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Journalism schools are caught in a dilemma: Should journalism curricula reflect the media's needs as they are now or should J-schools be more experimental and in effect, become think tanks and laboratories for the new, new journalism and an audience that may – or may not – materialize?

Ideally, it can and should be both training for today and tomorrow.

Yet at a time when the definition of "what is a journalist" is up for grabs, journalism schools continue to insist on teaching ethics, values and responsible journalism alongside with broadcasting production and long-form magazine editing. This may be satisfying to the professoriat, but increasingly frustrating to journalism students who see these debates as stultifying and irrelevant in the age of Gawker scoops and action-packed Vice TV videos from Syria.

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The solution to this may be to engage in what I call the "Wayne Gretzky Approach to Journalism."

The Great One was asked what was the secret to his astonishing hockey skills. His reply (I'm paraphrasing), "I don't go to where the puck is. I go to where the puck will be."

That is what journalism schools need to do now.

A few years ago, when I was teaching at the Ryerson University School of Journalism in Toronto, I had the pleasure of instructing a journalism lab for 2 nd year master's degree candidates.

The course was called "New Journalism Forms." When I asked the chair, Paul Knox, what that involved, his answer was succinct: "Oh, these are the best and the brightest. Just invent something new."

So invent something we did.

Over two consecutive terms, we invented ways to cover breaking foreign news. First the Mumbai Massacre in 2008. And in 2009, Iran looked like it was going to enter an intense period of struggle. It was suppressed, but the Ryerson students created a website which we called Tehranto.ca. We connected media-savvy Tehranis with their Toronto cohort using a new device called Twitter.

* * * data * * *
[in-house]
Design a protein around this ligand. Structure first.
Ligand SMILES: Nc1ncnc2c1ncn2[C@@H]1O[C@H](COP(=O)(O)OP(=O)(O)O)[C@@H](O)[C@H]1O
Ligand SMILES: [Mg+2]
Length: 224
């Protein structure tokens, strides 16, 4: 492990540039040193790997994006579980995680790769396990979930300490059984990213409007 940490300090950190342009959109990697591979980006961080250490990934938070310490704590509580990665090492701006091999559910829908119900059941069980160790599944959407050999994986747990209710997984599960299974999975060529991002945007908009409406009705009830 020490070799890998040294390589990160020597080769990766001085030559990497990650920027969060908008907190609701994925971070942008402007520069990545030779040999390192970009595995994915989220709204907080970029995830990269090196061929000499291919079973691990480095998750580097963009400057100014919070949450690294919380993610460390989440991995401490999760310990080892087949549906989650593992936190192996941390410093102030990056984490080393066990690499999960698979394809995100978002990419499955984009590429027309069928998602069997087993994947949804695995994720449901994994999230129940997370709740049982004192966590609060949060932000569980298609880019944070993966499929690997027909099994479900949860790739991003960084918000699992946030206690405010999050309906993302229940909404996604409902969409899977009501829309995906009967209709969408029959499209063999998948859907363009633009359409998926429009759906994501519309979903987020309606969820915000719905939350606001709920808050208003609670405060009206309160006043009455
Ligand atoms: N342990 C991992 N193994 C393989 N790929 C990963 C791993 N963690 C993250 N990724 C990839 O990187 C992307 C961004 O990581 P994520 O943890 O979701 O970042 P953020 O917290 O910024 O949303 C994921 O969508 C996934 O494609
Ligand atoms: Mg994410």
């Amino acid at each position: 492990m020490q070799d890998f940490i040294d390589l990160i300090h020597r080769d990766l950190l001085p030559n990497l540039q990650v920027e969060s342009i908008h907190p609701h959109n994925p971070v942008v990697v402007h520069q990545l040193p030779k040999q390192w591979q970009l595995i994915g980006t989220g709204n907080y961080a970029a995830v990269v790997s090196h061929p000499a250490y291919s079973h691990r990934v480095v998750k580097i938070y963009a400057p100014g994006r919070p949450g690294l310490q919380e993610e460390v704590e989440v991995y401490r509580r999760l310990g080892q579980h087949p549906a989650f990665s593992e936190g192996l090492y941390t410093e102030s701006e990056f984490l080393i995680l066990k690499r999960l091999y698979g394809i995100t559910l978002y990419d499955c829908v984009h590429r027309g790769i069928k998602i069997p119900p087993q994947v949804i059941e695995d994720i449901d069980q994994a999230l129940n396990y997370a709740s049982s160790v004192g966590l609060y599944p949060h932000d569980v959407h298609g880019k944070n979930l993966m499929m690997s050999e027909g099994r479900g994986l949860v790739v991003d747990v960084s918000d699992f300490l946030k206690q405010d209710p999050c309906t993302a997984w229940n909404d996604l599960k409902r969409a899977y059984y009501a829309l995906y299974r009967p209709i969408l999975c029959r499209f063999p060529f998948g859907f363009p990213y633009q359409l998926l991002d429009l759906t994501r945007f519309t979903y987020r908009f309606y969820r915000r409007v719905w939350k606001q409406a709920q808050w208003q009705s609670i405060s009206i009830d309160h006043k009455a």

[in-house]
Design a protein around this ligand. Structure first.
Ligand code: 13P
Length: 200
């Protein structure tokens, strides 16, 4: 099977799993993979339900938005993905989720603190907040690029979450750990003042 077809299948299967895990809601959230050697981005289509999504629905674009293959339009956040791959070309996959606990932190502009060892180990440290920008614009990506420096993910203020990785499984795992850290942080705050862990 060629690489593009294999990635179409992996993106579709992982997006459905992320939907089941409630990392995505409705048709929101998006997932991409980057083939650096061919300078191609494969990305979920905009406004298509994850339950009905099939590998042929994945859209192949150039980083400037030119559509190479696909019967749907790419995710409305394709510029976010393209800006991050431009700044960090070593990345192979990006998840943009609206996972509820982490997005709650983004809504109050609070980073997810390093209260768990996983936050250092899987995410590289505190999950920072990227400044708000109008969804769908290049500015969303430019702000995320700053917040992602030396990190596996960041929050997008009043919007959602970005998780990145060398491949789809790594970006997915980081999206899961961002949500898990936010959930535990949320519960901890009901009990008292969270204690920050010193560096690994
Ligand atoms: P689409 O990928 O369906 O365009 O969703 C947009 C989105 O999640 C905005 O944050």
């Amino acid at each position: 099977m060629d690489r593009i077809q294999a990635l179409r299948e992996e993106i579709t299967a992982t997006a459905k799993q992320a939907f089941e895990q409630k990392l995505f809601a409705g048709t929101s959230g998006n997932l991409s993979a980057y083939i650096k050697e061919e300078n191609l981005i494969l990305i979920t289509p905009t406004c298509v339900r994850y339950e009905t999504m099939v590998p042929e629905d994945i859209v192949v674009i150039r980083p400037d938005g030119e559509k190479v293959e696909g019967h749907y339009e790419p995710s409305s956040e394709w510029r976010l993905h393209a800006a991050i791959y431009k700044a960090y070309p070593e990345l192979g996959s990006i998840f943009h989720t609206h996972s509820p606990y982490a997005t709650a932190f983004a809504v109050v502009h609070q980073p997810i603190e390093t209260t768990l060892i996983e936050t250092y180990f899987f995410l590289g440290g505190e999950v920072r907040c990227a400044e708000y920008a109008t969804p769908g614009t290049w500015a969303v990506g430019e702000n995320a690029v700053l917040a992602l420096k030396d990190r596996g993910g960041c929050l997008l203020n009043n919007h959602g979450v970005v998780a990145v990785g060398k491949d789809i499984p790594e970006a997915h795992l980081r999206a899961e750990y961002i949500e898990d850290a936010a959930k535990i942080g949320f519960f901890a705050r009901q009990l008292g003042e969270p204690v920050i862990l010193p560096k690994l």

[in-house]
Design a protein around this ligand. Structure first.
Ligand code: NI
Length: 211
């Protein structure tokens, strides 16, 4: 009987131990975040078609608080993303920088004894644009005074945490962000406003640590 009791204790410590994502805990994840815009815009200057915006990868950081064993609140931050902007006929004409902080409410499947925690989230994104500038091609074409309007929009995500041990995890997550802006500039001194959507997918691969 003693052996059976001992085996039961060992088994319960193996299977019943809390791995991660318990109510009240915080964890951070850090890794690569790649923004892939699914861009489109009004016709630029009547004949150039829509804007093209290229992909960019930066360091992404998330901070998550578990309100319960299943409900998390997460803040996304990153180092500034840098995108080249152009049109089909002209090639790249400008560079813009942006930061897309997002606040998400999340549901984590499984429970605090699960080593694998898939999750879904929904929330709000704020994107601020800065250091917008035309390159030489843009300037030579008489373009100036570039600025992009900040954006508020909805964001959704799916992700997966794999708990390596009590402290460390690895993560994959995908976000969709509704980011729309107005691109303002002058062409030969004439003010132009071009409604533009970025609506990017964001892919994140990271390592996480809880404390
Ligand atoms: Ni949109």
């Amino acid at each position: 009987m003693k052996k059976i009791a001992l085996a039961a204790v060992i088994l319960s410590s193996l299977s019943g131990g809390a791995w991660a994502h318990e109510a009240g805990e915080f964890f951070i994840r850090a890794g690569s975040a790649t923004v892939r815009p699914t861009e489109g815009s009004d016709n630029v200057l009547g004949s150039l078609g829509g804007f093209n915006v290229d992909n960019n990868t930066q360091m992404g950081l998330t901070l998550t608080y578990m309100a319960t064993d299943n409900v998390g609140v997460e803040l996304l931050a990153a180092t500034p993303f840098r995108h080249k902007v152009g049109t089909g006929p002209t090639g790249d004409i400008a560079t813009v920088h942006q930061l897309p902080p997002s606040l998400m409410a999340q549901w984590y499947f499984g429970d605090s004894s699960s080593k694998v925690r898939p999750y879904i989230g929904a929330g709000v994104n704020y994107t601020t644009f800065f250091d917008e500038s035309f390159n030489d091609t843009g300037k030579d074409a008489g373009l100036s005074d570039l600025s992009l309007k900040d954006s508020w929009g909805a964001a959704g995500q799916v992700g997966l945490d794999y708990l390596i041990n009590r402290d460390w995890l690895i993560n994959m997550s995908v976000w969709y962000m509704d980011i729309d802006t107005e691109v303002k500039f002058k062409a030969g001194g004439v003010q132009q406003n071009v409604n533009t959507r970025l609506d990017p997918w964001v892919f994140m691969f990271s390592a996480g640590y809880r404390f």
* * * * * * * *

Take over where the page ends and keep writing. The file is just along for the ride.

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Not only did we invent new ways of doing overseas journalism, we discovered something amazing about Toronto and the Iranian community here: In 2009, there were (and possibly still are) a dozen Farsi newspapers in Toronto. And Toronto has the second largest Iranian diaspora community in the world, after Los Angeles.

By connecting to that community, Tehranto.ca started breaking stories, some of which were picked up by the New York Times.

Journalism schools teach many wonderful and important subjects: writing, editing, newspaper layout, photojournalism ... all skills the media needed in the 20 th century. But what do media organizations need – not today – but tomorrow? And especially as media organizations struggle to find new ways of making money, are journalism schools still up to the task?

Enrolment in journalism schools is beginning to see a slow decline, as media savvy students understand that the media may not be dying, but they aren't entirely robust these days either.

But ask media managers what they want from journalism schools, and you don't get a clear vision.

The Internet is seen by both broadcasters and publishers as necessary, but not entirely trustworthy. As both the villain and the saviour of media, the Web is held in a not too comforting embrace.

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Crowdsourcing is producing a new media populism that has editors looking to the online comments on the website and choosing to follow stories that have generated a lot of noise, but often little clarity.

Journalists (those who still have jobs) complain that the daily beast is now even more insatiable than ever. One broadcaster told me that if he has two hours to do one story, that's considered luxurious.

Journalism schools and organizations need to stop being complicit in preparing students for the past. The courses still taught most often teach skills that worked well 10 to 20 years ago. But media organizations haven't been clear either about what they want or need from J-schools.

Innovation in our journalism schools remains the needed and missing link that will blend new and old skills along with an appreciation of the business challenges that threaten the survival of journalism as we have known it.

Jeffrey Dvorkin is a journalist and director of the Journalism program at the University of Toronto Scarborough and is taking part in this week's Worldviews 2013: Global Trends in Media and Higher Education conference.

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